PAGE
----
determining an initial inclination vector of the satellite that prevents the satellite from exceeding a predefined inclination box while the satellite is in orbit, the initial inclination vector accounting for the effect of the 18.6 year moon perturbation and the direction of the sun and moon gravitational forces on the satellite;
determining a guard band for a mean inclination of the satellite, wherein a size of the guard band is calculated based on unmodeled small amplitude short period perturbations, maneuver error, and orbit estimation error, the guard band located within the inclination box;
determining a maneuver strategy for preventing the inclination vector of the satellite from exceeding a first predetermined value by correcting for only the long period effects of the sun and moon while the satellite is in orbit and to maintain a mean inclination of the satellite within the guard band to guarantee the inclination of the satellite does not exceed the inclination box; and
performing periodically a maneuver on the satellite according to the maneuver strategy.
11. The geostationary stationkeeping method of claim 10, wherein the maneuver is applied at least once every eight weeks.
12. The geostationary stationkeeping method of claim 10, wherein the mean inclination vector of the satellite does not exceed a second predetermined value that is lower than the a first predetermined value while the satellite is in orbit.
13. An apparatus comprising:
a computer-readable medium; and
program code stored on the computer-readable medium and operable, when executed to:
determine a gravitational force of the sun on a satellite at a beginning of a stationkeeping operation;
determine a gravitational force of the moon on the satellite at the beginning of the stationkeeping operation;
determine an initial inclination vector of the satellite that prevents the satellite from exceeding a predefined inclination box while the satellite is in orbit, wherein the initial inclination vector accounts for a first set of one or more perturbations affecting the orbit of the satellite, wherein the first set of one or more perturbations affecting the orbit of the satellite comprises an 18.6 year moon perturbation;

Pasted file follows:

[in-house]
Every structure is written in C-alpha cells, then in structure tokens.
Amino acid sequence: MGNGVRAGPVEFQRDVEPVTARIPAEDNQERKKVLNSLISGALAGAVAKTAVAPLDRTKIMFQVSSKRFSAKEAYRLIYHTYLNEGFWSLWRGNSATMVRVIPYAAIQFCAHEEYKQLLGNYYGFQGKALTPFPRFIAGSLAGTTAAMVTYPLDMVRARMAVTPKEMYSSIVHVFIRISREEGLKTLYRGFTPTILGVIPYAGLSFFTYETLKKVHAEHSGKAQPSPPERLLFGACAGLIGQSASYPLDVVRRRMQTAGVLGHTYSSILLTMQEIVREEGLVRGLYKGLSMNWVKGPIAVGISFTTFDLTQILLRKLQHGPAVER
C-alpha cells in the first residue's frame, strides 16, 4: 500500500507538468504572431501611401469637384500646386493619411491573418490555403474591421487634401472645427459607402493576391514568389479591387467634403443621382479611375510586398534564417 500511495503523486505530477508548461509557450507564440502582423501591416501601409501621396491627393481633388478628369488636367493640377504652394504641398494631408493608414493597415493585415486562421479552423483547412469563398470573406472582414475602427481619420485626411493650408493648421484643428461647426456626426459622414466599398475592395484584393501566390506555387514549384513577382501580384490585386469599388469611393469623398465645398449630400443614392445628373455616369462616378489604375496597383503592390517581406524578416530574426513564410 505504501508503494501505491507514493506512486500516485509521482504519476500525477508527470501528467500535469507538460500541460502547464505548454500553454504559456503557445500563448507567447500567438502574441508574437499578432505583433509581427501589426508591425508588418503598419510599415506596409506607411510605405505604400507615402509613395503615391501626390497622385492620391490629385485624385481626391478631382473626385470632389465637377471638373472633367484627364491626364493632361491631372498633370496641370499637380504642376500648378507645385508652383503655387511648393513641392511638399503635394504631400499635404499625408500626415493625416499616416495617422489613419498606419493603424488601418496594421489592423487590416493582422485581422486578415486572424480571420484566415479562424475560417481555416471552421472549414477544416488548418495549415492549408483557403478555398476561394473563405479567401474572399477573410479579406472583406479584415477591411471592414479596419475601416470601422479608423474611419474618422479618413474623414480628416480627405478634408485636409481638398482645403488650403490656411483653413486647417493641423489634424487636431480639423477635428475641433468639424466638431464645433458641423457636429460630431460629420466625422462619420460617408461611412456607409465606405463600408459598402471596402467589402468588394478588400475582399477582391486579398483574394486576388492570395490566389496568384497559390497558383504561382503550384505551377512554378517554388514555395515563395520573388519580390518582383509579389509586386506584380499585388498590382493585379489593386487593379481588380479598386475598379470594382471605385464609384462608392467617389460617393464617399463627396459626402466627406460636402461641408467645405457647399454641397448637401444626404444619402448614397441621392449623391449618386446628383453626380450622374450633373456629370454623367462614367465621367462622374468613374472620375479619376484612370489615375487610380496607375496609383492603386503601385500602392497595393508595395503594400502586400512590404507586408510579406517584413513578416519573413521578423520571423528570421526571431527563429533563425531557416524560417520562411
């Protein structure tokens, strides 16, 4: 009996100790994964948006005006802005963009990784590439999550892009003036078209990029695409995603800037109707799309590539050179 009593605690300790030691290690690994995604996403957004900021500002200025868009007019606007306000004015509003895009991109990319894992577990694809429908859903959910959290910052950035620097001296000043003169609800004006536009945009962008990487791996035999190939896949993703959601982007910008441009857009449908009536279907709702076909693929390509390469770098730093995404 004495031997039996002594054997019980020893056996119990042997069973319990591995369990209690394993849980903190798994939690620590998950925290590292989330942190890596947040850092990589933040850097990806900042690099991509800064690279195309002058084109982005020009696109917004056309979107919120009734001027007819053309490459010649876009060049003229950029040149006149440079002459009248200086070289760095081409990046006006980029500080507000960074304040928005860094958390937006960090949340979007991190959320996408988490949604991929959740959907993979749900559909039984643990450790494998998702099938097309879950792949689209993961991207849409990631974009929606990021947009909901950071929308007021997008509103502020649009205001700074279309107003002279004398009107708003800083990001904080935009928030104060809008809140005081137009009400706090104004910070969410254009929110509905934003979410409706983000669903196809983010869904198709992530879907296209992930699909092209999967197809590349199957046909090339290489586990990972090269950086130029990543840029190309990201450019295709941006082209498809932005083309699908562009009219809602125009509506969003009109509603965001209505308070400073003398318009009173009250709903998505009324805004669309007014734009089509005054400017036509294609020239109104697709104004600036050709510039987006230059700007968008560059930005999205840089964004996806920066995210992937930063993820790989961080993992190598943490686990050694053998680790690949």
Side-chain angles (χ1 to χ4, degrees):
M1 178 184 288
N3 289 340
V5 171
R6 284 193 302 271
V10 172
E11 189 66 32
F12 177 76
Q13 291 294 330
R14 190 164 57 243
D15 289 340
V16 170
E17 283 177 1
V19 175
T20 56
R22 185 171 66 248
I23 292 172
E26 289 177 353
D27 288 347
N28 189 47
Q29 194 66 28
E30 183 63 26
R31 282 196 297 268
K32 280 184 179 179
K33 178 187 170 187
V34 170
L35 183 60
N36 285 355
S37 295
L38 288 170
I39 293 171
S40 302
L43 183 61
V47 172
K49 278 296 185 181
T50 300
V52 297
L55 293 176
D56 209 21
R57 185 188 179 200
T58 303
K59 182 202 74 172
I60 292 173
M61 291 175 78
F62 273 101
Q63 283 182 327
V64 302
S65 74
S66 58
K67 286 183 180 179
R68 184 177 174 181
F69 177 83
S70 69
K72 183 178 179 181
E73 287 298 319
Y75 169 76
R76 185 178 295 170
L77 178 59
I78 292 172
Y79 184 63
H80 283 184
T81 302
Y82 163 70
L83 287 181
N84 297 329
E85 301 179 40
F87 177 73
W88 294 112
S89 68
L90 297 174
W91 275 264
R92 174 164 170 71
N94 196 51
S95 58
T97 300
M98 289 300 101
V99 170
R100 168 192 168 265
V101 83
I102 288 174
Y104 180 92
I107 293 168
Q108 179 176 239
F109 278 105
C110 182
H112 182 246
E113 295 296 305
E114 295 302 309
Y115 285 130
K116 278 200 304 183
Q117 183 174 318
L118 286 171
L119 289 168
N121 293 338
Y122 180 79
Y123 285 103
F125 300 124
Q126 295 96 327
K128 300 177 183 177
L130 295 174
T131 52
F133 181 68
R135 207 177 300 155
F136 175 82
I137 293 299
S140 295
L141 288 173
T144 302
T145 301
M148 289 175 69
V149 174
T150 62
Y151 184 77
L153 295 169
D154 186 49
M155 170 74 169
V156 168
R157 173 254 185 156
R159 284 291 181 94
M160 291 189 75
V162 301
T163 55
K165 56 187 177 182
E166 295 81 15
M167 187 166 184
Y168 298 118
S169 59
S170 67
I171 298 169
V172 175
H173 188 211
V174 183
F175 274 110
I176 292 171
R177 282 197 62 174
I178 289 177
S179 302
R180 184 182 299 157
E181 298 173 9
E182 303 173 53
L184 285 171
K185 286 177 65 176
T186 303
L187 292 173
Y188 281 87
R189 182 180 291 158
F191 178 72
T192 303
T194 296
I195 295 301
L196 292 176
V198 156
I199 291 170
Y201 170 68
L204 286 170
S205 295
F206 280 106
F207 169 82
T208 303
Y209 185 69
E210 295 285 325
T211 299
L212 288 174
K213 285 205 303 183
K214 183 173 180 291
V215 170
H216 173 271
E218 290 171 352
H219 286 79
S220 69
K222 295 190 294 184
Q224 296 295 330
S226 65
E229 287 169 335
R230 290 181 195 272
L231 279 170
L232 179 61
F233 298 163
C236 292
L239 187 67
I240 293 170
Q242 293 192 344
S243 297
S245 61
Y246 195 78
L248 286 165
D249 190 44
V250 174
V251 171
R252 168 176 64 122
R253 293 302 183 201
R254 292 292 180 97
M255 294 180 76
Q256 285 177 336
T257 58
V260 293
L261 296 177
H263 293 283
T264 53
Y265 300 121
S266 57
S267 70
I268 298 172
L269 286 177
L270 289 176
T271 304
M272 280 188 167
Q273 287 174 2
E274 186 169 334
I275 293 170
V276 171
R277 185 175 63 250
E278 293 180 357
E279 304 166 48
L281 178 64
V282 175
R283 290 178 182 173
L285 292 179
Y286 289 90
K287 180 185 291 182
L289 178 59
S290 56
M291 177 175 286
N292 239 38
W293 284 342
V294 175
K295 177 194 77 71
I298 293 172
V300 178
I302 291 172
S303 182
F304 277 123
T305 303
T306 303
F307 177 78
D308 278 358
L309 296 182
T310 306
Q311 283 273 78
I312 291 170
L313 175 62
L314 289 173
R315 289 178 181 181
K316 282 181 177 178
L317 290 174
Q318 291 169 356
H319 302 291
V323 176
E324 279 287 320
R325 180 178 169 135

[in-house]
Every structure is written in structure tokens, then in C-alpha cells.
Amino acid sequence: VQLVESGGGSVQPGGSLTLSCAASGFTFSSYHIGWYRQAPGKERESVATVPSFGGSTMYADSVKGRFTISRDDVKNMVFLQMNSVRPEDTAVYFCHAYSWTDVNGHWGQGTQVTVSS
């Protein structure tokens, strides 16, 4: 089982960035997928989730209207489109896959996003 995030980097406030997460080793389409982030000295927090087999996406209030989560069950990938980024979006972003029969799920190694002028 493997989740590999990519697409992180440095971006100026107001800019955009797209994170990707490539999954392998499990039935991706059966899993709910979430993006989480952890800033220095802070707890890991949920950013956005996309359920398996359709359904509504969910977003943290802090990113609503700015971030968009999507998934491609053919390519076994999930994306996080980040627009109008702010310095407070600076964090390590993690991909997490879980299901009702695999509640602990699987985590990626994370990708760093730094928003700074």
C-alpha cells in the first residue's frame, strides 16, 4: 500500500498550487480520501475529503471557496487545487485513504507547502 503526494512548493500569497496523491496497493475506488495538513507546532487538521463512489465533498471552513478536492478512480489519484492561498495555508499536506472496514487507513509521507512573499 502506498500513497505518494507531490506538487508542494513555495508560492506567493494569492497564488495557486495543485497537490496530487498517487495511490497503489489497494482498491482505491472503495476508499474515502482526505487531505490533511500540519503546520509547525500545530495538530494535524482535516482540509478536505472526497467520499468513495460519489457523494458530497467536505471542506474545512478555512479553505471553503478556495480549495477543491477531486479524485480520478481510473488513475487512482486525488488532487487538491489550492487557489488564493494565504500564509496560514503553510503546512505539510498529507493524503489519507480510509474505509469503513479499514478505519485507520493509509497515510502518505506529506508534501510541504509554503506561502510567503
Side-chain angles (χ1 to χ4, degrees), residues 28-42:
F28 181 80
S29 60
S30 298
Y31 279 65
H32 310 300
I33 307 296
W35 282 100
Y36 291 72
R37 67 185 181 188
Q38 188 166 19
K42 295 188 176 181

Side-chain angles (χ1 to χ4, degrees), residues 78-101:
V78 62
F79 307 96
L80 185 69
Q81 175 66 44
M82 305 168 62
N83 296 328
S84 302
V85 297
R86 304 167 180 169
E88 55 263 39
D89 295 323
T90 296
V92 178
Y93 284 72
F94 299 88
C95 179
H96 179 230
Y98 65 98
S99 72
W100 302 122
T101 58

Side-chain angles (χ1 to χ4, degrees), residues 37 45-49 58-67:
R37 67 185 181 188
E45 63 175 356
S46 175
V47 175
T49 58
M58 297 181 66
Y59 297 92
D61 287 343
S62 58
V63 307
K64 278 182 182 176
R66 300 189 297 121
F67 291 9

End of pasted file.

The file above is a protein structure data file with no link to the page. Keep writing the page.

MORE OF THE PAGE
determining a guard band for a mean inclination of the satellite, wherein a size of the guard band is calculated based on unmodeled small amplitude short period perturbations, maneuver error, and orbit estimation error, the guard band located within the inclination box;
determine a maneuver strategy to correct for a second set of one or more perturbations affecting the orbit of the satellite without accounting for the first set of one or more perturbations affecting the orbit of the satellite and to maintain a mean inclination of the satellite within the guard band to guarantee the inclination of the satellite does not exceed the inclination box; and
perform a maneuver on the satellite according to the maneuver strategy.
14. The apparatus of claim 13, wherein the second set of one or more perturbations affecting the orbit of the satellite comprises a long period perturbation of the moon.
15. The apparatus of claim 13, wherein the second set of one or more perturbations affecting the orbit of the satellite comprises a long period perturbation of the sun.
16. The apparatus of claim 13, wherein the maneuver is applied periodically.
17. The apparatus of claim 13, wherein the maneuver is applied at least once every eight weeks.
18. The apparatus of claim 13, wherein the inclination vector of the satellite comprises a vector in the direction of the angle of right ascension of the ascending node of the satellite's orbit with a magnitude of the inclination of the orbit.
19. The apparatus of claim 13, wherein the inclination vector of the satellite does not exceed a first predetermined value while the satellite is in orbit.
20. The apparatus of claim 19, wherein the mean inclination vector of the satellite does not exceed a second predetermined value that is lower than the first predetermined value while the satellite is in orbit.
Description
CROSS REFERENCE

This application claims the benefit of U.S. provisional application entitled “Geostationary Stationkeeping System and Method for a 0.5 Degree Inclination Box,” filed Aug. 25, 2005, and having a Ser. No. 60/711,206.

GOVERNMENT RIGHTS

This invention was made with Government support under Contract No. DG133E04CN0009. The government may have certain rights in this invention.

TECHNICAL FIELD OF THE INVENTION

This invention relates generally to the field of space satellites and, more particularly, to a method of stationkeeping geostationary satellites.

BACKGROUND OF THE INVENTION